Baby Gorilla Raised By Surrogate Mother Turns One

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The baby gorilla in this article was born in a zoo and was reared by the keepers while being raised by a surrogate mother. The baby is celebrating his first birthday now.

The baby gorilla, Hasani was born in Bristol and had to be raised by a surrogate mother after his own mom could not look after him.

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He had gone through a tough start but the 9kg gorilla is crawling now and can drink 4 bottles of milk every day. Hasani is developing just like a human, and at the same rate. 

The Story Of Hasani: The Baby Gorilla

Hasani was always stated to be an energetic boy, as told by his keepers. 

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He failed to get sufficient milk from Kala, his mother, and had to be bottle-fed 8 times in one day. 6 keepers were assigned to look after the baby gorilla for 7 months and worked round the clock to help him out. Kala belonged to the western lowland species of gorilla.

Gorillas need to have body contact to feel trusted and safe, so the team looking after him, had to wear vests with strings. The baby gorilla would then cling on to these strings and keep up. Alan Toyne was the leader of the team assigned to look after Hasani.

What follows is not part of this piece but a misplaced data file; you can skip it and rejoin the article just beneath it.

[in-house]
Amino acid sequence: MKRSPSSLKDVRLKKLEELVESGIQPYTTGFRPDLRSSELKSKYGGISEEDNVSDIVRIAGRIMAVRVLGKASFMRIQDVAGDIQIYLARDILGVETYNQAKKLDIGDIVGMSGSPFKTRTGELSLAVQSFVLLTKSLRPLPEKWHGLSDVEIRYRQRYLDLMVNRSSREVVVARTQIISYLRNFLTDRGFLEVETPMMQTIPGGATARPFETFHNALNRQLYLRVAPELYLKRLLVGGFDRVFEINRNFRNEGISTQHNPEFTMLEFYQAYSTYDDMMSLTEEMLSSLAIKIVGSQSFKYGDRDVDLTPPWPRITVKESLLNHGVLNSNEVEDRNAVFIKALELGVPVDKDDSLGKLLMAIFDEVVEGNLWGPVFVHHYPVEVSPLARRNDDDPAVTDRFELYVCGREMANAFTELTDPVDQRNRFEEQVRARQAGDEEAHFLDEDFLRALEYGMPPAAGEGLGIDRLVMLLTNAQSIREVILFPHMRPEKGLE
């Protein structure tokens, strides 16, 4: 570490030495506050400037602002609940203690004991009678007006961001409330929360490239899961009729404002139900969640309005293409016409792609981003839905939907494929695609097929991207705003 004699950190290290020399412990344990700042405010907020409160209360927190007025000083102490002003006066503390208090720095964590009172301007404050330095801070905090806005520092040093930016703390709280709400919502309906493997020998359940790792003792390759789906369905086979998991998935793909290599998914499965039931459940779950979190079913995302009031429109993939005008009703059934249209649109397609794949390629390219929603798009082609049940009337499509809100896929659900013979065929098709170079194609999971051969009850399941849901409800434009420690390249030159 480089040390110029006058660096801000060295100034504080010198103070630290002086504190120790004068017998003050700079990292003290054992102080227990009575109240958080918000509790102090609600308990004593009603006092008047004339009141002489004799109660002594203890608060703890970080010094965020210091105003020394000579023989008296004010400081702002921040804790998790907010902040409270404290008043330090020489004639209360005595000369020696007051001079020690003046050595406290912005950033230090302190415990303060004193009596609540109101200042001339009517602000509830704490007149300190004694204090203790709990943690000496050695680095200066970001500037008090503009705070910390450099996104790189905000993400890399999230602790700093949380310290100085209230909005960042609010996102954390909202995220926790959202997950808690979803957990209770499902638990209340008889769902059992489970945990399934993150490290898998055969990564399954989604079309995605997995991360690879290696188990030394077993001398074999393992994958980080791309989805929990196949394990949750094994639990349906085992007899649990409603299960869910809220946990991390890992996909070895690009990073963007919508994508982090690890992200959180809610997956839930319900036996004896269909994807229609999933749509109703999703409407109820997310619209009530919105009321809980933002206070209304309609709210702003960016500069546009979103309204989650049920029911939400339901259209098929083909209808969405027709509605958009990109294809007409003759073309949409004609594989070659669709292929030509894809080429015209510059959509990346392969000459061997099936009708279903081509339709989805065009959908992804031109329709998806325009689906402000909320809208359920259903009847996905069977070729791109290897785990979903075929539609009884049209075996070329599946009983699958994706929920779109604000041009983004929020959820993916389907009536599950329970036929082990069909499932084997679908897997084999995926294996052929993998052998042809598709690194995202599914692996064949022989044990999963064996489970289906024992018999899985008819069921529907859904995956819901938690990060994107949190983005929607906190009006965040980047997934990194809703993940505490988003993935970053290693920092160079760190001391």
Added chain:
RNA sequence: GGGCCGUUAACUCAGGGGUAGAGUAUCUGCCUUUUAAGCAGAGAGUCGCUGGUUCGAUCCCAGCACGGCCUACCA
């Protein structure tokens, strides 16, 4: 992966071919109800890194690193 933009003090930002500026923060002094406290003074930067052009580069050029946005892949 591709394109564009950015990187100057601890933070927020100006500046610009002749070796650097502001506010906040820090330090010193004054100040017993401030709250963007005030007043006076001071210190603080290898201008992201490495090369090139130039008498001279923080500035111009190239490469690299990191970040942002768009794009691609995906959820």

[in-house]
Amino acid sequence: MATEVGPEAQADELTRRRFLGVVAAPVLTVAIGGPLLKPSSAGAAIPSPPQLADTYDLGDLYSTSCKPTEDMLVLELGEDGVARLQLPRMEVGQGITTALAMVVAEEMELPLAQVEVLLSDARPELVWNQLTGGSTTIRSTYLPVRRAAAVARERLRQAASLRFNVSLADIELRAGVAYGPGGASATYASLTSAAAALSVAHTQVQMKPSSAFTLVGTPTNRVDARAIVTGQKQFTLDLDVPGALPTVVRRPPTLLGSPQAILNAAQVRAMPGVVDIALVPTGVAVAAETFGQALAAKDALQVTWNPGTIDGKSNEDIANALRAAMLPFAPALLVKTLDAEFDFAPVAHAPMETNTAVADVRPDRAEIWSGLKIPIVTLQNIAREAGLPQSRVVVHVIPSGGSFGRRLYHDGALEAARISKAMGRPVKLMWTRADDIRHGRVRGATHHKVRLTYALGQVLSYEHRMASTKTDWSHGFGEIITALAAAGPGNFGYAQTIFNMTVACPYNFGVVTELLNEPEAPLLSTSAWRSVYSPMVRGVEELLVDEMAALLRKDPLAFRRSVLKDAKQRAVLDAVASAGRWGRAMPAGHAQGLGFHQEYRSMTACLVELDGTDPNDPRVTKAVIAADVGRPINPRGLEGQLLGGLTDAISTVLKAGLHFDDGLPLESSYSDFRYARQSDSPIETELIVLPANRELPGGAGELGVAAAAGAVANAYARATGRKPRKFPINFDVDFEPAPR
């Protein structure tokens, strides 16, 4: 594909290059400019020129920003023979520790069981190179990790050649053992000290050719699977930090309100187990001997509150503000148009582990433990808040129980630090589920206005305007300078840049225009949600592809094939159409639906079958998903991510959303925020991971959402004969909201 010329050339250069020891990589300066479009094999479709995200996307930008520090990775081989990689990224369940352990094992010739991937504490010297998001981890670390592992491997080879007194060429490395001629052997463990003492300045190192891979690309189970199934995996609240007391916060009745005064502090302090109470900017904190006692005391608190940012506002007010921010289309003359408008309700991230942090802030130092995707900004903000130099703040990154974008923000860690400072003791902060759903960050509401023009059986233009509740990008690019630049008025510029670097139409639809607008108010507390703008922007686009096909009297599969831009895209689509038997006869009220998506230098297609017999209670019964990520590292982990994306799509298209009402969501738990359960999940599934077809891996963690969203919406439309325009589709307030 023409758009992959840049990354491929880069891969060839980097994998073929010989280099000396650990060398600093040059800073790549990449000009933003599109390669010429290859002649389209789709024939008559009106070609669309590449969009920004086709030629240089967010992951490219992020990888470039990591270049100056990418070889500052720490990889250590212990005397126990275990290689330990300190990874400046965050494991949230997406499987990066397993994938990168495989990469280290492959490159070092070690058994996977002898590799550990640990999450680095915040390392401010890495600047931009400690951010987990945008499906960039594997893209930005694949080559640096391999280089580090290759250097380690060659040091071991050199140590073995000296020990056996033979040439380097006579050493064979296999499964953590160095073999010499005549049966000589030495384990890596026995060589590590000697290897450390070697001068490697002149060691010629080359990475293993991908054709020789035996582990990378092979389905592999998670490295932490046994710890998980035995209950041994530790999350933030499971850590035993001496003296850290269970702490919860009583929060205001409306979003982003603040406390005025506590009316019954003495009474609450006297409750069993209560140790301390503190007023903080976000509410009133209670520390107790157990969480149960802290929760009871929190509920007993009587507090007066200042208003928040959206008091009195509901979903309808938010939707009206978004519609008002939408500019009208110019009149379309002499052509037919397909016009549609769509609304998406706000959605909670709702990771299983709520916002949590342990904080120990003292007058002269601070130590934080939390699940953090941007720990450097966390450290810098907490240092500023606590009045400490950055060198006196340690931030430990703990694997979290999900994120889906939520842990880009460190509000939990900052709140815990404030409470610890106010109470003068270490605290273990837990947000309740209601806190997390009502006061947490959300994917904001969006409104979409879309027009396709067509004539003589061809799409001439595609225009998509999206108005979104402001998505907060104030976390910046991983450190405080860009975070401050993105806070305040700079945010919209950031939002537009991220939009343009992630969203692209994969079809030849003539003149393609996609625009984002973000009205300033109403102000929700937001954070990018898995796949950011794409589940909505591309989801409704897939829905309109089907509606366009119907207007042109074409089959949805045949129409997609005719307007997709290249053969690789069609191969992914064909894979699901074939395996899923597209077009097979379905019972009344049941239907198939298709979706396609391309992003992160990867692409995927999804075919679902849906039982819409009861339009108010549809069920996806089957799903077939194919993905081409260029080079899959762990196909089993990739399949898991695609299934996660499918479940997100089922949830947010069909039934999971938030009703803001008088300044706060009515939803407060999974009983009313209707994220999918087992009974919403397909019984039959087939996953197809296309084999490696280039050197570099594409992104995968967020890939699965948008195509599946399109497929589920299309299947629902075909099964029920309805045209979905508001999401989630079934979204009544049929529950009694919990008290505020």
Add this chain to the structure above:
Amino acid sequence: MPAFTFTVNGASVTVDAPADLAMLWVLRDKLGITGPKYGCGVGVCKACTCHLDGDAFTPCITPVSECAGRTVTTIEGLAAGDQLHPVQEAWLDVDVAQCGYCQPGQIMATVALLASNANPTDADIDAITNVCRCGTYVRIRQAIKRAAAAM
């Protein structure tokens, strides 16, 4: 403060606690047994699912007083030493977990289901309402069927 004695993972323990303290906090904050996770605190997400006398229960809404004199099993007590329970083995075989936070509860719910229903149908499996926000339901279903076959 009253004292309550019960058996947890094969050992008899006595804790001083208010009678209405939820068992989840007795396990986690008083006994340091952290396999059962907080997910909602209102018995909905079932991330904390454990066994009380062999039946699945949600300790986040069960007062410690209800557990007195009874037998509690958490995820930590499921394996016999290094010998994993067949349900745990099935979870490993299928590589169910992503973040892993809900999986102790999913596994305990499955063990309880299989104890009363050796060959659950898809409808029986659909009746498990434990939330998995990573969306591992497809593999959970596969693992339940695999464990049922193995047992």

The baby gorilla had to be fed every 2 hours, at night and would sleep with the team members in their beds. The team members joked about not keeping an alarm as Hasani would wake them up, whenever he felt hungry. 

Also read: African Great Apes In A Spot Of Trouble Due To Climate Change

After a passage of 8 months, Hasani was introduced to Kera, who raised the baby gorilla as the surrogate mother. The result was extremely positive and the team members were proud of their efforts. 

The surrogate mother and her new baby are fun to watch as the baby gorilla giggles with delight when Kera plays rough with him.

Baby Gorilla

Hasani is quite relaxed now and is slowly finding his position in the gorilla hierarchy. 

Hasani is continuing his journey to build up strength and take his first steps in the zoo. This baby gorilla belongs to a kind that is critically endangered, with only 100,000 gorillas left in the wild. 

Image Credits: Bristol Zoo

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